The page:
Conformationally restricted benzothienoazepine respiratory syncytial virus inhibitors: their synthesis, structural analysis and biological activities†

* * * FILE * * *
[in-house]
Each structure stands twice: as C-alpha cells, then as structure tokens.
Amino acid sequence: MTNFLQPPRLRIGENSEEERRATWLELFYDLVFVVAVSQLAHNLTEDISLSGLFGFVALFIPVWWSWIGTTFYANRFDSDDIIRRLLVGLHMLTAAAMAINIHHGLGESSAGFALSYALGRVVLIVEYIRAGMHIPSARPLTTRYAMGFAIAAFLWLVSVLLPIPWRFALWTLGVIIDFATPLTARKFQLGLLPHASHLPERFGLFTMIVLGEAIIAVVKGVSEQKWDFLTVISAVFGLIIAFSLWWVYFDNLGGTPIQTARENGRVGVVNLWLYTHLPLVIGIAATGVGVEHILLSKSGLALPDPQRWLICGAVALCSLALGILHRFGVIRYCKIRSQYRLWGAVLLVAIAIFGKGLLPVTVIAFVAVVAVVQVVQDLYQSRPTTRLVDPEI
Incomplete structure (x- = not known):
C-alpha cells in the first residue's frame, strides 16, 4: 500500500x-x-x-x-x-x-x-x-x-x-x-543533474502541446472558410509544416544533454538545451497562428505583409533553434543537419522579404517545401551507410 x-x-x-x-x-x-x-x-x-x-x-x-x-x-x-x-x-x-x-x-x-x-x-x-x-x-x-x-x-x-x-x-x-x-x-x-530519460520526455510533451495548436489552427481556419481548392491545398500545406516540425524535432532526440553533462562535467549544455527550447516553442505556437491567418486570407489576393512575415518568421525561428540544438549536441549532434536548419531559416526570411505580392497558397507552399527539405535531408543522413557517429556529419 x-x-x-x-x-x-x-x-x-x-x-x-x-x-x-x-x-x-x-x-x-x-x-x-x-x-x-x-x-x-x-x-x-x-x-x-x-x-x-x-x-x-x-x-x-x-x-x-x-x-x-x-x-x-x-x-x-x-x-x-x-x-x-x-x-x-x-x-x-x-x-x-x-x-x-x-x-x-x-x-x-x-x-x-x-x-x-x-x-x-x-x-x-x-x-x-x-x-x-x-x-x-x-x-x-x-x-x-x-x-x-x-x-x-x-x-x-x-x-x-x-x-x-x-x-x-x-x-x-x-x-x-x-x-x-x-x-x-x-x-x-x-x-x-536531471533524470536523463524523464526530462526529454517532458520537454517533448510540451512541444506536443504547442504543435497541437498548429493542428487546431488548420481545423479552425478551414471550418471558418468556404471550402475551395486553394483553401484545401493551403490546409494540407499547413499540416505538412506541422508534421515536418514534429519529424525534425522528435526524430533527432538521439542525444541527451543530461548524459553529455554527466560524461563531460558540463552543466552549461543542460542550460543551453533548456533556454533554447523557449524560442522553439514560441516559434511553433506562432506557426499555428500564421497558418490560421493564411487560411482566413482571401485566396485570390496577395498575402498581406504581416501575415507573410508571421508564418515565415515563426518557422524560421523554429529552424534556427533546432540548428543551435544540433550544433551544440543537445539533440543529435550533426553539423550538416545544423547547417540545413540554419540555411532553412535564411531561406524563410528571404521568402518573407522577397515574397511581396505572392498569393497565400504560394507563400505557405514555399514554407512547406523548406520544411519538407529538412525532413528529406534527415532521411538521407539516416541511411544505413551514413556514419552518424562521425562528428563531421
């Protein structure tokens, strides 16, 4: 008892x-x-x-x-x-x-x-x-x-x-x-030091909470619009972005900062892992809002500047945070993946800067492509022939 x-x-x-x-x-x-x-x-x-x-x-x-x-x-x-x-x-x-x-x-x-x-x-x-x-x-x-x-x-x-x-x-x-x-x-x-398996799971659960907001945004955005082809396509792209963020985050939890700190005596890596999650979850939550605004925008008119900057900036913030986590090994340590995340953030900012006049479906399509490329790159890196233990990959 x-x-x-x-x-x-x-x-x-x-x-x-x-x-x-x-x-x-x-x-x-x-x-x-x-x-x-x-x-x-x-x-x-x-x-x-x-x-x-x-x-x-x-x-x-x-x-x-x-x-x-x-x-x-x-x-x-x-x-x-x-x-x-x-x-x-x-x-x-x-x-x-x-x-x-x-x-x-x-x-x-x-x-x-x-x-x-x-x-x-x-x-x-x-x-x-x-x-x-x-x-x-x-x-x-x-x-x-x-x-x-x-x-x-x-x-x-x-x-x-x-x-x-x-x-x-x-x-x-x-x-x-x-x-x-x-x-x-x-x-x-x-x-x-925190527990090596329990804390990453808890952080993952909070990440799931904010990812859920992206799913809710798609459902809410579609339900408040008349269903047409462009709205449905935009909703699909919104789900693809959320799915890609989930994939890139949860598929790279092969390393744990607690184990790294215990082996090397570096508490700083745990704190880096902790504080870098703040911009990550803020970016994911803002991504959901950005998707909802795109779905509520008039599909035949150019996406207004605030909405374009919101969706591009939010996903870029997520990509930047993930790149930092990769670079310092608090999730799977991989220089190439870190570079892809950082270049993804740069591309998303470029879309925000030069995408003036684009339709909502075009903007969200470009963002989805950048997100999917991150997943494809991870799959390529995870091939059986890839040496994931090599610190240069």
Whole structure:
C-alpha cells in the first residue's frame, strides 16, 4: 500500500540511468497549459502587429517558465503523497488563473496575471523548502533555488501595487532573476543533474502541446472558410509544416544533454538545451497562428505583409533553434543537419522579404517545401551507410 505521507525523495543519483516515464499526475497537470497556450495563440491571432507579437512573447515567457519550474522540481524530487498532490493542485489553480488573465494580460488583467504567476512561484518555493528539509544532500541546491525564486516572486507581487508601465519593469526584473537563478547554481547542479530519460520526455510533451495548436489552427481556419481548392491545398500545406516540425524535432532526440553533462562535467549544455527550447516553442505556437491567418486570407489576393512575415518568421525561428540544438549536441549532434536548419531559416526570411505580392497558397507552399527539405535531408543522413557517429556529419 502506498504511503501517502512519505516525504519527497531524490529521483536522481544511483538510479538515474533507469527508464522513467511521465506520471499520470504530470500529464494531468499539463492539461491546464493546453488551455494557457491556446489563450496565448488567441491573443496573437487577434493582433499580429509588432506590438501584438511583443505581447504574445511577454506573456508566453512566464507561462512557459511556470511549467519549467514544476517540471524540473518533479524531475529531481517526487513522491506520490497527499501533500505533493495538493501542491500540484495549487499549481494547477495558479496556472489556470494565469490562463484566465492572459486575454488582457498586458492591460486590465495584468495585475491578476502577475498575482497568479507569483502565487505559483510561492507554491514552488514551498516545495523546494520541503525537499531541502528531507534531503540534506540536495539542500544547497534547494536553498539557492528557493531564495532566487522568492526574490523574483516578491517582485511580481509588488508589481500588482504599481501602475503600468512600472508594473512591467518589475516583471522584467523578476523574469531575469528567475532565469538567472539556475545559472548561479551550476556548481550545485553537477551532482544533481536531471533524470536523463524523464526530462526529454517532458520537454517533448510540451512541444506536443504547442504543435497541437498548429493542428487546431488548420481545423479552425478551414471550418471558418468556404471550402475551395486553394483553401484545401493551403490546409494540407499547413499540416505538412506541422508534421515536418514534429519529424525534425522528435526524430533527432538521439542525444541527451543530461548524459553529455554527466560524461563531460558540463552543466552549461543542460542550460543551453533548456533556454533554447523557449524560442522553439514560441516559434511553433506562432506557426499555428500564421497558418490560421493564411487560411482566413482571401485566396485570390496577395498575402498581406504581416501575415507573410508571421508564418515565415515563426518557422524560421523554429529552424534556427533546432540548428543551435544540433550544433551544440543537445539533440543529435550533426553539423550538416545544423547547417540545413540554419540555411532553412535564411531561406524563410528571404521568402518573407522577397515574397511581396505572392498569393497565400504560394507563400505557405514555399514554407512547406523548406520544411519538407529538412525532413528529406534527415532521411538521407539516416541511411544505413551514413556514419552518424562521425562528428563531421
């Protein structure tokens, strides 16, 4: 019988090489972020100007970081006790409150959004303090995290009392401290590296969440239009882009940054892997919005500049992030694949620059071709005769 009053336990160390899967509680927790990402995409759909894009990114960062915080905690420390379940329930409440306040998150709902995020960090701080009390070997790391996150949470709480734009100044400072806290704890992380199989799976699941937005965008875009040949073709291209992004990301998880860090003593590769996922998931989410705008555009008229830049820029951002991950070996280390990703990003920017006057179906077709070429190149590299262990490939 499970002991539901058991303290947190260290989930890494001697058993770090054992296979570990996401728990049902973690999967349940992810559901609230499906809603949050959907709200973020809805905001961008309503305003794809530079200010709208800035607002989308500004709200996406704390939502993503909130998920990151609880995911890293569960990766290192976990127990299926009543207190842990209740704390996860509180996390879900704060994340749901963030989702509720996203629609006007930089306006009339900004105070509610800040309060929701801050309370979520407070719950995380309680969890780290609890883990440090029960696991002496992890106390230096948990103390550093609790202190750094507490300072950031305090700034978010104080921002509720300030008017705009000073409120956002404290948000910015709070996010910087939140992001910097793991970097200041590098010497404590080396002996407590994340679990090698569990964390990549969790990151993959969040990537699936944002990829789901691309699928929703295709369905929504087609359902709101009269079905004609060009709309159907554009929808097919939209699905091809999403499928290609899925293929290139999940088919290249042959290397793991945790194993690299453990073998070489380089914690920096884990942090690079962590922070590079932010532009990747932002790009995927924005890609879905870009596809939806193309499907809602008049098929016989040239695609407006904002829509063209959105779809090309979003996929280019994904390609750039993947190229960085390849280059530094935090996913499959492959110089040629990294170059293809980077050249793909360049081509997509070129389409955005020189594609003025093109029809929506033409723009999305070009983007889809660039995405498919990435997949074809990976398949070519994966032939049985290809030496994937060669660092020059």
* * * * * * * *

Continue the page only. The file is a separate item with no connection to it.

Atropisomeric drug substances are known to have different biological properties. Compounds containing the N-benzoylbenzazepine motif have been shown to exhibit energetically restricted rotation around the Ar(CO)N axis. Herein we report, for the first time, the synthesis, physical characterisation and anti-viral profiles of a series of C-4 and C-5 methylated thieno-benzazepines. NMR analysis reveals that incorporation of a single additional substituent at either of these loci influences the conformational dynamics of the azepine ring system. In the case of the C-5 alkyl analogues, the influence of the new stereocentre is so pronounced that its absolute configuration determines which unique atropisomer is obtained following the generation of the benzazepine nucleus. Screening of the alkylated derivatives for their anti-respiratory syncytial virus (RSV) activity indicates that the desired viral pathogenicity is strongly associated with the conformation adopted by the modified tricyclic scaffolds. This is particularly evident in the case of the C-5 homologues in which one atropisomer was found to be potently active and the other essentially inert. These results provide compelling evidence that we have determined the bioactive conformation shared by RSV inhibitors that employ the thienobenazapine nucleus as their core molecular architecture. Furthermore, the understanding obtained from these studies may make it possible to design improved agents against RSV infection in the future.